Vitamin D is mostly harmless. Sure, it can cause toxicity (mainly hypercalcaemia), but usually at megadose levels of around 60 capsules per day.
Vitamin C is also mostly harmless. My parents, advised by the medical zeitgeist when I was a child, gave us one citrus-flavoured tablet every day during winter.
And extracted fish oils are mostly harmless, except of course to the extractees: the fish.
Another thing these three supplements have in common is that they are all wildly successful products of health marketing. Marketing that uses ordinary doctors to amplify the message…doctors like you and me.
Arthur Dent (upon reading the description of planet Earth in The Hitchhiker’s Guide to the Galaxy): “Is that all it’s got to say? Harmless! One word?”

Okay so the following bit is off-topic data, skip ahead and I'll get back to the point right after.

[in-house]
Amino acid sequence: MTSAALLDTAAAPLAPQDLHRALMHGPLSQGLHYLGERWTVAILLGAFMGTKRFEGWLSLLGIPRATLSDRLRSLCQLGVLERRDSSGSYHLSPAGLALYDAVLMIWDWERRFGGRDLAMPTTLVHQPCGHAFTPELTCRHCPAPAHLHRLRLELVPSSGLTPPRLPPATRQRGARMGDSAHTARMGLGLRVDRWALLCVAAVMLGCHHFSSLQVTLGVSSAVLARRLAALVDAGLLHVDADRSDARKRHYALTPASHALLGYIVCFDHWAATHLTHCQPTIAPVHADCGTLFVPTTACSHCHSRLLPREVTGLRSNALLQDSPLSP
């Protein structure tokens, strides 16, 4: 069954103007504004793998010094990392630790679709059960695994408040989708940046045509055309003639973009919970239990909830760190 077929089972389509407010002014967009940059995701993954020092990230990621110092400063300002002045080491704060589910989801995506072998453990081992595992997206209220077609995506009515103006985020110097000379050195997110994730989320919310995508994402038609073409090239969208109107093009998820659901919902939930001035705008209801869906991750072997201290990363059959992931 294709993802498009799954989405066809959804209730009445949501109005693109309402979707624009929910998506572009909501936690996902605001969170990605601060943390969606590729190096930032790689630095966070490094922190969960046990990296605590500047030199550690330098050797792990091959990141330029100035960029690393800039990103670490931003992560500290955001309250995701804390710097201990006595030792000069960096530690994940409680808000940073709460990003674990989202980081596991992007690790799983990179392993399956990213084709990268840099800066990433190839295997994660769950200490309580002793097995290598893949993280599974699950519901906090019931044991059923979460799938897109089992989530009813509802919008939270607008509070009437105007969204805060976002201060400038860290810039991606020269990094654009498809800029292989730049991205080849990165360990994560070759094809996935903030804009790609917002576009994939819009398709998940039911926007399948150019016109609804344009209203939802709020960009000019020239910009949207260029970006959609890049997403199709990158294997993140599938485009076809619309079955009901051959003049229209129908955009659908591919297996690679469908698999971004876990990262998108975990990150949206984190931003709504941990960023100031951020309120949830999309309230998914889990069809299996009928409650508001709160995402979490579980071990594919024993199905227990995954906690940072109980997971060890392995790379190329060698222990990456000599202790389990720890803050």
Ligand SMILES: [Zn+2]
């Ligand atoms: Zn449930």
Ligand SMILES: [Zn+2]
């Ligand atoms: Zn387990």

Ford Prefect: “I managed to transmit a new entry off to the editor. He had to trim it a bit, but it’s still an improvement.”
Arthur: “And what does it say now?”
Ford: “Mostly harmless.”
As highlighted recently the US has seen almost a tenfold increase of vitamin D sales in the last decade compared to the previous. Yet a recent meta-analysis of 33 randomised trials showed that vitamin D or calcium supplementation has no effect on the incidence of fractures.
After years of venerating the “D”, it seems the vitamin is more often a marker associated with an illness rather than its cure. Continue reading